MOUNT PLEASANT - Town Council decided Tuesday that its residents and businesses should pay a little more in property taxes, stormwater utility fees, planning fees, building permit fees and business licenses to tackle a backlog of needed road and drainage work.

Councilman Mark Smith said he didn't like voting to raise taxes well before the budget is presented, adding, "I just feel like we're getting ahead of ourselves."

Mayor Linda Page said she has studied town spending closely since getting elected as a councilwoman four years ago and is satisfied the town needs the money. "Not only will I support this (property tax) increase, I think it's a little too late, and I wish it were a little more," she said.

The tax increase would add $36 to the annual bill on a $300,000 home, while council also voted to double its stormwater utility fee from $30 to $60.

And that's not all, council also gave initial approval to raising the cost of a town business license by $15 and then by 33 cents more for every $1,000 of a business' income. Also, developers and builders may pay more in planning fees and for building permits.

The town would spend the money on new road projects, such as the Sweetgrass Basket Parkway and Long Point Road's extension and realignment. It also would spend it on pavement management in neighborhoods like Mallard Lakes and Park West and drainage projects in Wakendaw Lakes and neighborhoods off Whipple Road.

Those voting for the property tax increase included Page and council members Elton Carrier, Paul Gawyrch, Chris Nickels, Chris O'Neal, Thomasena Stokes-Marshall. Council members Smith, Ken Glasson and Gary Santos voted no.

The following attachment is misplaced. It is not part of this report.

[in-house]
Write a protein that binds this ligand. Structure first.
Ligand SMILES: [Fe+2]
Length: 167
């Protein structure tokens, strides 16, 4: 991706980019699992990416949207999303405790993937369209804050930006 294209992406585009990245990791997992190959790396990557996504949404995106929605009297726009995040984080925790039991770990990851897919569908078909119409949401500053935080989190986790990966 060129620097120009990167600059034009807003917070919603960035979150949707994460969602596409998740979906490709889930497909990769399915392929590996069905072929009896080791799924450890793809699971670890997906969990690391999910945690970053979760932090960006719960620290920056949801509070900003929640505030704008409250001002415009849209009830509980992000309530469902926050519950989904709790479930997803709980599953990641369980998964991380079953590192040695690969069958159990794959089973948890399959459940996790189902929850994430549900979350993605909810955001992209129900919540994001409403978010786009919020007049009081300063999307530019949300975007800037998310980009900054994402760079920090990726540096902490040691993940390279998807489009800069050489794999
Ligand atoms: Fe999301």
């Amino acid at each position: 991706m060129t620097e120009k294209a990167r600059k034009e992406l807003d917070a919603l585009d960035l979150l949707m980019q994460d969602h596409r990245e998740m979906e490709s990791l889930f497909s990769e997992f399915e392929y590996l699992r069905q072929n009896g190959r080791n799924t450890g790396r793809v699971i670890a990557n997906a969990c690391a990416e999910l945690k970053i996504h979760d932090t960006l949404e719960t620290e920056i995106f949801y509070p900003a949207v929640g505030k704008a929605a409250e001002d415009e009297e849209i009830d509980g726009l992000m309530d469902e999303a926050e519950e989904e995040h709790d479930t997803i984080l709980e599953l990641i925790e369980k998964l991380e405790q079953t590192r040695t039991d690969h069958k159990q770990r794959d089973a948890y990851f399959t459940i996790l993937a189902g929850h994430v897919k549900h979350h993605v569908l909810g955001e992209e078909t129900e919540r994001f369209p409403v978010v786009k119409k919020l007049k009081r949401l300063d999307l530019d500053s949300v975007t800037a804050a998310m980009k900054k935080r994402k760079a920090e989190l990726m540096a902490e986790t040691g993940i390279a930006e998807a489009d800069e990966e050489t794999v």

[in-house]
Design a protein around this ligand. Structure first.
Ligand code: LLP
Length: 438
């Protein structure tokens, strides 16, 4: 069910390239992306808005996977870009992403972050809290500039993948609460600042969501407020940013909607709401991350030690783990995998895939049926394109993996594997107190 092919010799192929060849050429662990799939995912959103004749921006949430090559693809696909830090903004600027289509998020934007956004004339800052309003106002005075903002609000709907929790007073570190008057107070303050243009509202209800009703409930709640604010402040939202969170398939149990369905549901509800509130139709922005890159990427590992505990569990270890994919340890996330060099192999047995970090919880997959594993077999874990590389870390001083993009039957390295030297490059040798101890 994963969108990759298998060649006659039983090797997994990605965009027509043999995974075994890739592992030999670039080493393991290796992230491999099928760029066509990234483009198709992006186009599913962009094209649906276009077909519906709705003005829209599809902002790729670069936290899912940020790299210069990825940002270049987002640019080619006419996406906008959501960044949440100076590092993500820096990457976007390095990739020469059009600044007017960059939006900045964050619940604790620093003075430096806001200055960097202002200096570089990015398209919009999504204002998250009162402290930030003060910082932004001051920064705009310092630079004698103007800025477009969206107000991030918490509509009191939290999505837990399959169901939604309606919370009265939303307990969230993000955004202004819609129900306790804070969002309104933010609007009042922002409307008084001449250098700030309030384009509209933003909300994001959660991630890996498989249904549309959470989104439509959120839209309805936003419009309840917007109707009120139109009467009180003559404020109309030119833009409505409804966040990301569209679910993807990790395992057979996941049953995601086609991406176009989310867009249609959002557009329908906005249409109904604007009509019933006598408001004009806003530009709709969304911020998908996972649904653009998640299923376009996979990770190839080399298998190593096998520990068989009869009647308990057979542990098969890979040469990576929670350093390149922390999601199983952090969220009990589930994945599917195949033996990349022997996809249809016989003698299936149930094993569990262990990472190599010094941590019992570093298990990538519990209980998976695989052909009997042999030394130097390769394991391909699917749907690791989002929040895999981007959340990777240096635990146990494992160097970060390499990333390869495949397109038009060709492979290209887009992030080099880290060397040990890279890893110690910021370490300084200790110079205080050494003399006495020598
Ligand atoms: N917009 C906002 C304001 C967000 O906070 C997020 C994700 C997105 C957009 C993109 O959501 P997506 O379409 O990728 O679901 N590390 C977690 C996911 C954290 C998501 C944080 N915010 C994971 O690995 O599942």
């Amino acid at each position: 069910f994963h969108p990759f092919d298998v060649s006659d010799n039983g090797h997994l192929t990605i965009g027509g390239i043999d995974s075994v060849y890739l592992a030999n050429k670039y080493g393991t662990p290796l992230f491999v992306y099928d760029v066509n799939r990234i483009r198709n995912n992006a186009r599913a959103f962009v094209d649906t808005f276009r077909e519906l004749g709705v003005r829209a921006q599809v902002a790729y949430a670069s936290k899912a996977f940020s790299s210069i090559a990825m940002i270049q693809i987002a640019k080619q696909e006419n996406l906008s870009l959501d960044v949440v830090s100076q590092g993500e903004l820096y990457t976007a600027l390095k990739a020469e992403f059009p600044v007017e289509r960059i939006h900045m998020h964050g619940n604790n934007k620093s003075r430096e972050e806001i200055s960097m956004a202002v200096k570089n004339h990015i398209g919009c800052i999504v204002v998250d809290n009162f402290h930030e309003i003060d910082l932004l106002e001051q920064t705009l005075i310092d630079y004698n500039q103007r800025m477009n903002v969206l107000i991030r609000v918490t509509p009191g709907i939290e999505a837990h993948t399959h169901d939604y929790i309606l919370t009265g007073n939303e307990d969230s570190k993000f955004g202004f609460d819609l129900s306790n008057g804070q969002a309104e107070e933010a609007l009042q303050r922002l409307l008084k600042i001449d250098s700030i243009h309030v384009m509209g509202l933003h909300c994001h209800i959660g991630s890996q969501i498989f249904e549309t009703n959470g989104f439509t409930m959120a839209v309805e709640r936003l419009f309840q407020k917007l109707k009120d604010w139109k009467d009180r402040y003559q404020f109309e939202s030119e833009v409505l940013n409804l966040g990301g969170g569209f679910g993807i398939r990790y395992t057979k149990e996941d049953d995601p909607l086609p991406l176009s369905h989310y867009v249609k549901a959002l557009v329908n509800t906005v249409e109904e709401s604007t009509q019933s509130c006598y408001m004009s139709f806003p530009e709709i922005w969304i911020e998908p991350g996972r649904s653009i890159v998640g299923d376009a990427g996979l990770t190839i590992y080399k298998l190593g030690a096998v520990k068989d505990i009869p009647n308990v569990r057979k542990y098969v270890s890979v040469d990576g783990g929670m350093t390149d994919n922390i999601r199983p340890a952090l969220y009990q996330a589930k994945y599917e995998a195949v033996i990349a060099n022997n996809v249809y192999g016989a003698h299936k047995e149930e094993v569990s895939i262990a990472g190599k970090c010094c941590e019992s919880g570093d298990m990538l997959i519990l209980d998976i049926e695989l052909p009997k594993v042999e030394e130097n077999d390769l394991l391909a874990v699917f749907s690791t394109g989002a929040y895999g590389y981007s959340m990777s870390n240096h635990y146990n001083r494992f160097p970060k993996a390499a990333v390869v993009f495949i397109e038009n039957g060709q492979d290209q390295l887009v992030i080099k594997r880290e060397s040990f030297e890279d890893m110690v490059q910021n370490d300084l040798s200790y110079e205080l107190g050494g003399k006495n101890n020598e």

Smith also cast the sole vote against raising business license rates and planning and building permit fees, but he was joined by Gawyrch, Santos and Glasson in opposing the $30 stormwater fee increase, which passed 5-4.

The town hasn't raised its property tax rate in about two decades, but council members have been grappling with how to close a funding gap that threatens to limit the town's ability to maintain its roads and drainage system - and to provide other services, too.

Earlier this year, town staff reviewed its capital project list and focused on $5.8 million in projects that are considered top priorities but are not funded. At the time, Administrator Eric DeMoura said, "We have aging infrastructure that is starting to break down. That's the primary issue."

Even with the increase, property taxes are lower here than in Charleston or North Charleston. The owner of a $300,000 home would pay about $1,082 here ($373 to the town), while the same valued home in Charleston is charged $1,466 ($757 to the city). In North Charleston, it's $1,624.20 ($915 to the city).

While the tax and fee increases will hit the pocketbook of nearly all town residents, only one person spoke up during a public hearing on the stormwater and business license fees.

George Freeman, who recently ran for mayor, said even though town officials have bragged about not raising property taxes, they can't say the same regarding fees. "We cannot write off these fees on our (income) taxes," he said. "This is something that's of concern to me."

A separate public hearing on the property tax increase will be held before council considers giving it final approval next month.

Far more people turned out to speak about planned changes to the town's Coleman Boulevard Overlay District, which has come under fire because of complaints about new developments, such as The Boulevard and Earls Court, a small residential development at Whilden and Hibben streets.

Council members unanimously voted to restrict the allowed density and require more parking, and it will study whether it also should restrict one-way streets - and reduce parking requirements for apartments - before giving final approval next month.

Some developers and designers urged the council to reject the changes, saying they would make it impossible to build some houses like those found - and admired - in both I'On and the Old Village.

But many more residents have been applying to pressure to council for months to consider some further restrictions on density and parking.

Reach Robert Behre at 937-5771.